We are consumed with efficiency. We want to produce more with less and less. As we try to keep pace with the rate of change in our environment, software has eaten the world and technology continues to promise that we can do more and more.
Efficiency is the strategy of the fast-food restaurant, offering speedy service, lower-quality, and poorer outcomes. Efficiency is pervasive, touching every part of our work and lives, speeding up the pace of the world. We pay for efficiency with the quality of our lives and relationships, which suffer from the fast-food approach. If you want a better, more fulfilling life, you need to slow down and not make efficiency a priority.
Your Extreme Self-Orientation
Over the last couple of months, several sales organizations have automated prospecting sequences. Instead of having a salesperson call the client directly to ask for a meeting, the prospective client is treated to six emails, one on top of the other.
The sales leaders who approve of this approach may not think highly about this strategy, which suggests that the sales organization isn’t willing to provide you with a salesperson and their time. It also implies they have no real interest in anything other than converting you by closing a deal.
Automation is limited as a tool for communicating with your prospective clients. It suggests the salesperson has an extreme self-orientation because they aren’t willing to put time into a relationship. This is one of the original reasons for the bad stereotype that persists about sales.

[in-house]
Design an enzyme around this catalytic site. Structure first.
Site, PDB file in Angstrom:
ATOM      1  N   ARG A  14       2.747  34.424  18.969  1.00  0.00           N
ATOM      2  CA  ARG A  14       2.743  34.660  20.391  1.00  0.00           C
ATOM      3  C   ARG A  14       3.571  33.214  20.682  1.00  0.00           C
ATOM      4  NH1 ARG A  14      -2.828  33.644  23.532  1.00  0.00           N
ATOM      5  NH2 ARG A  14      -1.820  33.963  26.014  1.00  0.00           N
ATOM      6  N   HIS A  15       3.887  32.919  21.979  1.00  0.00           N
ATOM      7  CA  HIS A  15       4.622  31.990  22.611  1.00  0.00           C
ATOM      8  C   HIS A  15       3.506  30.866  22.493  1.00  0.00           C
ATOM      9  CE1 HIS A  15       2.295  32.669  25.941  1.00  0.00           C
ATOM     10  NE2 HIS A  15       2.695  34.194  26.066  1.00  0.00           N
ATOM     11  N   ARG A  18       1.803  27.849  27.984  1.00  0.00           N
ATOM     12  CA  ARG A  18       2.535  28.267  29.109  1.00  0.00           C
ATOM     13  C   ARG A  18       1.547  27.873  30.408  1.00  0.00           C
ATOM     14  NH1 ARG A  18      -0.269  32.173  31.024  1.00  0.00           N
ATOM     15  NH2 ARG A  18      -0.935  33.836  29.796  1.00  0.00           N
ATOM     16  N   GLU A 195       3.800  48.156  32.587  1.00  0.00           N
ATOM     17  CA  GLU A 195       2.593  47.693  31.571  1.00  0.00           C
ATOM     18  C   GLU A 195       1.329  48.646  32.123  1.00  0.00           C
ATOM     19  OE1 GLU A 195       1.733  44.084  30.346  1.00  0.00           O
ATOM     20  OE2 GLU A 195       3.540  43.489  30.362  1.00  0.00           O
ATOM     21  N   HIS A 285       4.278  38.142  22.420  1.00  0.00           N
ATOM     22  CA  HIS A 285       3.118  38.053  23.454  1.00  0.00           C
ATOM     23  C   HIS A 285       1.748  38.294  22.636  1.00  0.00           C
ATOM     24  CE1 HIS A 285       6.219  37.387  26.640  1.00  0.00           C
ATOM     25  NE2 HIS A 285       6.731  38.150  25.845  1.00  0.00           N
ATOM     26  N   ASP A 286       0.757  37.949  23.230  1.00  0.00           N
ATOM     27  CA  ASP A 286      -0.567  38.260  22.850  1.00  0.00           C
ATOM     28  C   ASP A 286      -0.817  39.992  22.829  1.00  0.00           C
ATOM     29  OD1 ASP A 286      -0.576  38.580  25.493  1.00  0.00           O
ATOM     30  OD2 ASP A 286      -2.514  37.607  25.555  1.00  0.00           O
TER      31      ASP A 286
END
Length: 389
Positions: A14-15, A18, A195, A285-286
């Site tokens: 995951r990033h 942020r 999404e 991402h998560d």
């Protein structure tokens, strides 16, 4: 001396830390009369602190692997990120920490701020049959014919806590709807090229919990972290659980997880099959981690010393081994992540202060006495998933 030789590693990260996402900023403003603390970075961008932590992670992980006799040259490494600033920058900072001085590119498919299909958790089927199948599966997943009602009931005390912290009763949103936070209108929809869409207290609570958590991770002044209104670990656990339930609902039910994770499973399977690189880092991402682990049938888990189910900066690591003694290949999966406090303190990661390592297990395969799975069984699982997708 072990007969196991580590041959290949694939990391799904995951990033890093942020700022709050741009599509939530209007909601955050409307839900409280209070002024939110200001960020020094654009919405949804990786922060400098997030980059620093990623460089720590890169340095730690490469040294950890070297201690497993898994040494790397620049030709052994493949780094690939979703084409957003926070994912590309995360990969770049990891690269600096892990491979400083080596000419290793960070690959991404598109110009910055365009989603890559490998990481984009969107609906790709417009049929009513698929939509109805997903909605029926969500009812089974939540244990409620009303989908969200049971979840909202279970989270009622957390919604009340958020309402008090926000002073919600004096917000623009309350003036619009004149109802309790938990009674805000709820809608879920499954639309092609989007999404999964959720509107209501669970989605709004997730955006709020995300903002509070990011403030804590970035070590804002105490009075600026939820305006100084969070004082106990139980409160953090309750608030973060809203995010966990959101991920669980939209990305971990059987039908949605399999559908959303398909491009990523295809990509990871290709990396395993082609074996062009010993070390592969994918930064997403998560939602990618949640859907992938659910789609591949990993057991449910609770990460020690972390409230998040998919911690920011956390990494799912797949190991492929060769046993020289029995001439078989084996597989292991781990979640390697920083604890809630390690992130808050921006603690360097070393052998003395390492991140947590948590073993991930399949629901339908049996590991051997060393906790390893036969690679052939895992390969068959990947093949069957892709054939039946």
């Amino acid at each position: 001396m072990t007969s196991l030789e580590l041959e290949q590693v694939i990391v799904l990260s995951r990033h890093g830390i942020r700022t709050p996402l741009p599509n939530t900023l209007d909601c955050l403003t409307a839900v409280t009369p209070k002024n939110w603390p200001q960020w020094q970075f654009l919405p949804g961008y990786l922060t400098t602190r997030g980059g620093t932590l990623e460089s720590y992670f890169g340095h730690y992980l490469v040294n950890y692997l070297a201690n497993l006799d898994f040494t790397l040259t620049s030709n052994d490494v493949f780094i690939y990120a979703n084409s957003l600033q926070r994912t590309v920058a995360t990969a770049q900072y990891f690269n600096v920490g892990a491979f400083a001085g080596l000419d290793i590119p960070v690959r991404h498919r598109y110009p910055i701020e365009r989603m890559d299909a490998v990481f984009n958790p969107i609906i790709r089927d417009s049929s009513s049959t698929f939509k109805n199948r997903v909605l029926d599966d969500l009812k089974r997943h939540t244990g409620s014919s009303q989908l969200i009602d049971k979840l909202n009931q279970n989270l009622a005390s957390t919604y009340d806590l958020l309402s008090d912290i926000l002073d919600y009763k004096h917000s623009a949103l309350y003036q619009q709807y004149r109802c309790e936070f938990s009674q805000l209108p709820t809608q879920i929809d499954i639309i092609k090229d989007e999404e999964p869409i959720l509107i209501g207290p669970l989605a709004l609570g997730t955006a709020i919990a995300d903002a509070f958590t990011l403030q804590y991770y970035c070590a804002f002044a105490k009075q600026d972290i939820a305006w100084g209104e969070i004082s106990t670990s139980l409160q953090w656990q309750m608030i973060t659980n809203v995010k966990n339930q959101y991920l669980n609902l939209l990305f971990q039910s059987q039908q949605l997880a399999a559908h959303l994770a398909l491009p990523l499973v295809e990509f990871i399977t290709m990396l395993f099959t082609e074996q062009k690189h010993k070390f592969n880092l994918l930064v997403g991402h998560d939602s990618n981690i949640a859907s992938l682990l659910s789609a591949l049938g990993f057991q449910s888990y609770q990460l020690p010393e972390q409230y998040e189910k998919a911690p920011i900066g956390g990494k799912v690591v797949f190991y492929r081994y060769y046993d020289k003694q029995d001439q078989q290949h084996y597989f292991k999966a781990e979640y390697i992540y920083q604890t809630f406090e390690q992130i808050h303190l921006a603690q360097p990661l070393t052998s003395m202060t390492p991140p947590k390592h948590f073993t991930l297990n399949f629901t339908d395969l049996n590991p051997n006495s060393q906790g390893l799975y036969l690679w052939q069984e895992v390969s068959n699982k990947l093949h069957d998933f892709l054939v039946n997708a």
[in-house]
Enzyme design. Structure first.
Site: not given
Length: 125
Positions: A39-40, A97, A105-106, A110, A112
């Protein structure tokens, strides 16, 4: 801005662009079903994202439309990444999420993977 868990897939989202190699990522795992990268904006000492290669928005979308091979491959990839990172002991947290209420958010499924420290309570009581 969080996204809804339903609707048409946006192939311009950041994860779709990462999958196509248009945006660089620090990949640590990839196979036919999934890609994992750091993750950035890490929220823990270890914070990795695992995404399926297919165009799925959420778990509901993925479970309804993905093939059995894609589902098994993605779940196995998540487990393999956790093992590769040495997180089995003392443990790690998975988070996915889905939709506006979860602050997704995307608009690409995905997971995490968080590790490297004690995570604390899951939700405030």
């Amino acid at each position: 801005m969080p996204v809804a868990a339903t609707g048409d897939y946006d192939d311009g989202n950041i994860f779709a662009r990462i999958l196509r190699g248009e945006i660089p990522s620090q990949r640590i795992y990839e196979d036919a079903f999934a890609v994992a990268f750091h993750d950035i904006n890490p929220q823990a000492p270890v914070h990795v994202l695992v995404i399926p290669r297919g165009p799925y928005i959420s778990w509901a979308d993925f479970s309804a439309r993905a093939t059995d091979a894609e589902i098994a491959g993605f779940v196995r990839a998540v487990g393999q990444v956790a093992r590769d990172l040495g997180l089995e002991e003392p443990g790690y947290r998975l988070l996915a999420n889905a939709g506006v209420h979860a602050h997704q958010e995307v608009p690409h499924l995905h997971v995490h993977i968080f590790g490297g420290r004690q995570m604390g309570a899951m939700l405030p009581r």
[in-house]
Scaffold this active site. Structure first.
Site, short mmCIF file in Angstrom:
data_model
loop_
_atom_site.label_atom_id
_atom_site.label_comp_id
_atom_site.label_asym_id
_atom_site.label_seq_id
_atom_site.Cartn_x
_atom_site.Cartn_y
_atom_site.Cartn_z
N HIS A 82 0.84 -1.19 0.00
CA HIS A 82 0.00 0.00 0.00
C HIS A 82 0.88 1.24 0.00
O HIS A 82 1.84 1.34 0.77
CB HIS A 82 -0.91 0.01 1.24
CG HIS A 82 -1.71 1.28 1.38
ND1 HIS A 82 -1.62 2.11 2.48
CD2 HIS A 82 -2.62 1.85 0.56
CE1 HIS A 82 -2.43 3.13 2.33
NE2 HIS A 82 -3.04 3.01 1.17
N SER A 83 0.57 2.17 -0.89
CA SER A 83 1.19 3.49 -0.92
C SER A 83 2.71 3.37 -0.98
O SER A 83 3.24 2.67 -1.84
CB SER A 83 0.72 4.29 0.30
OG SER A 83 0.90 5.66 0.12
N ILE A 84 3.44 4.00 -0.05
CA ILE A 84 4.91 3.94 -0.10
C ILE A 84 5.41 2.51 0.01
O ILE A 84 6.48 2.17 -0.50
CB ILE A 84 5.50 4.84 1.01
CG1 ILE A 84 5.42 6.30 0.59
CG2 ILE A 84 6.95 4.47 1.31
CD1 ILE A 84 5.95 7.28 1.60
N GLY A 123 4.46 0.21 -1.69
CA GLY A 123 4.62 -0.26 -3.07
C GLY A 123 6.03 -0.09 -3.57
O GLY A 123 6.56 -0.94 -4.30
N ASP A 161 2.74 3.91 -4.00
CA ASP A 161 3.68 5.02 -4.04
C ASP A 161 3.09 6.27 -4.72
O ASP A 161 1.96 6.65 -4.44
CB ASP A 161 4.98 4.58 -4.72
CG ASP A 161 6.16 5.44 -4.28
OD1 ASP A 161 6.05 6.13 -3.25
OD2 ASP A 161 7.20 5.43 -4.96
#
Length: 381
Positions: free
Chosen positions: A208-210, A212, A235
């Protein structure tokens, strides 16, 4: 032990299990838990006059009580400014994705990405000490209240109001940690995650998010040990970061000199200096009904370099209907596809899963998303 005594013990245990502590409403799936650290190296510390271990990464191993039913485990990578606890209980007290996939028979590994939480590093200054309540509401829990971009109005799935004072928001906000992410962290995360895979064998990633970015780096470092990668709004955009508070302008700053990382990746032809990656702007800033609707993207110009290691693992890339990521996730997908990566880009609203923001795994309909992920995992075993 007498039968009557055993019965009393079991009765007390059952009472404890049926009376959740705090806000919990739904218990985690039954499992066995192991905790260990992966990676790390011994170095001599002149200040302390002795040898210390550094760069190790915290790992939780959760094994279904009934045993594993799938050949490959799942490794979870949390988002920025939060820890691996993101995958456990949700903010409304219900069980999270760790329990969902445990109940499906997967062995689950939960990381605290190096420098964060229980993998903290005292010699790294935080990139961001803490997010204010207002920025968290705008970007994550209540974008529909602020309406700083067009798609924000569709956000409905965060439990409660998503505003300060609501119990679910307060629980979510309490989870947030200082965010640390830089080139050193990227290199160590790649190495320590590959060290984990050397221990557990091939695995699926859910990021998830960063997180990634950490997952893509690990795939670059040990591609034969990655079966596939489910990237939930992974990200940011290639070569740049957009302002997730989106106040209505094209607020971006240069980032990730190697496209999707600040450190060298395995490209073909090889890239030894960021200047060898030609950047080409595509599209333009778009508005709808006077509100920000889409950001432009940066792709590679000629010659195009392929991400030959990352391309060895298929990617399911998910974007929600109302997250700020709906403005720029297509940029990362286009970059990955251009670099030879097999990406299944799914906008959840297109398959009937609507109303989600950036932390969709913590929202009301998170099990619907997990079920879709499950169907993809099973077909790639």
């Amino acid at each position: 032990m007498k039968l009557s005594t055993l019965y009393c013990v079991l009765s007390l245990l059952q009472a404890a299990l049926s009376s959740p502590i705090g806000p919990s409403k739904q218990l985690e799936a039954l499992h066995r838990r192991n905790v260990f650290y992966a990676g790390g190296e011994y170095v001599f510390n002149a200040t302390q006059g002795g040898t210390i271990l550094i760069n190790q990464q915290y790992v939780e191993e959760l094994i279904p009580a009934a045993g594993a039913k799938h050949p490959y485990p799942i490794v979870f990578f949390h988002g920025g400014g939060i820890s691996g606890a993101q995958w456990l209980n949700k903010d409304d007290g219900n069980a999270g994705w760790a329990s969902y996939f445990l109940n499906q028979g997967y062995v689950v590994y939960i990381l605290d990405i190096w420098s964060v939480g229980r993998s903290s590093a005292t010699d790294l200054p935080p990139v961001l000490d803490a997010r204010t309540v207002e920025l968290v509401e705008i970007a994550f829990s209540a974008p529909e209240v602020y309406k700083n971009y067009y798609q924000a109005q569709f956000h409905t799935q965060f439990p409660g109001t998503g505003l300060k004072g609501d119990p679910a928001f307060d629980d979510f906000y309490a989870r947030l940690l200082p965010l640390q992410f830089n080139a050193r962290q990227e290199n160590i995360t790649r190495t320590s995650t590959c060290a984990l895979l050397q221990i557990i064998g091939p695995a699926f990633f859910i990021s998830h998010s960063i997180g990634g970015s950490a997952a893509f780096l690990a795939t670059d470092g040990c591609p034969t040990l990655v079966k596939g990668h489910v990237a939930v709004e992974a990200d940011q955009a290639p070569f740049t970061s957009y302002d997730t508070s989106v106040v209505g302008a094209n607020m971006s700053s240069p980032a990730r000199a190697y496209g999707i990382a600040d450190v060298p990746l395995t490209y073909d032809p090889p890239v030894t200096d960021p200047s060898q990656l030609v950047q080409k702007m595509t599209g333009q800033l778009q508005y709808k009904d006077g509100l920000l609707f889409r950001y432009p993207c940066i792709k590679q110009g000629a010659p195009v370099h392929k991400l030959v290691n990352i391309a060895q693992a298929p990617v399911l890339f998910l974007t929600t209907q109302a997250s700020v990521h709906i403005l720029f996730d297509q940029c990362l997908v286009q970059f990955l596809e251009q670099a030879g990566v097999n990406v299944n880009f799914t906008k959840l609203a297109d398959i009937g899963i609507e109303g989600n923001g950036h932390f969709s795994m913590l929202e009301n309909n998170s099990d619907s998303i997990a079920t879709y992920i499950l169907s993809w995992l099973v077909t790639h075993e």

What Automation Can’t Do
Automation has no interest in the person it is spamming. It is easier to have a computer send six emails in a few days than to have a series of conversations that are tailored to the needs of each client. You would have a difficult time getting a salesperson to manually send the same six emails on the same timeline without feeling bad about themselves and their company. Automation has no conscience to plague it for being a bad actor. Can we agree that the results are efficient, though the yield proves otherwise?
Automation lacks empathy, understanding, and interest in humans. It is also limited by its programming. Soon, however, we will not be able to distinguish a human from artificial intelligence. Scammers are already capturing voices and using them to steal from people by pretending the voice belongs to a family member. Our technologies can fake empathy and concern; our algorithms can mimic human conversation.
The Sales Leader’s Mistake
Sales leaders want faster wins. To accomplish this, they demand velocity, which requires taking time away from . At the same time, buyers struggle to make sense of the decisions they need to make, a conflict that may be one reason deals stall, get stuck, or die prematurely due to an inadequate sales experience. This is supposed to be efficient, even though it comes at the price of lower win rates.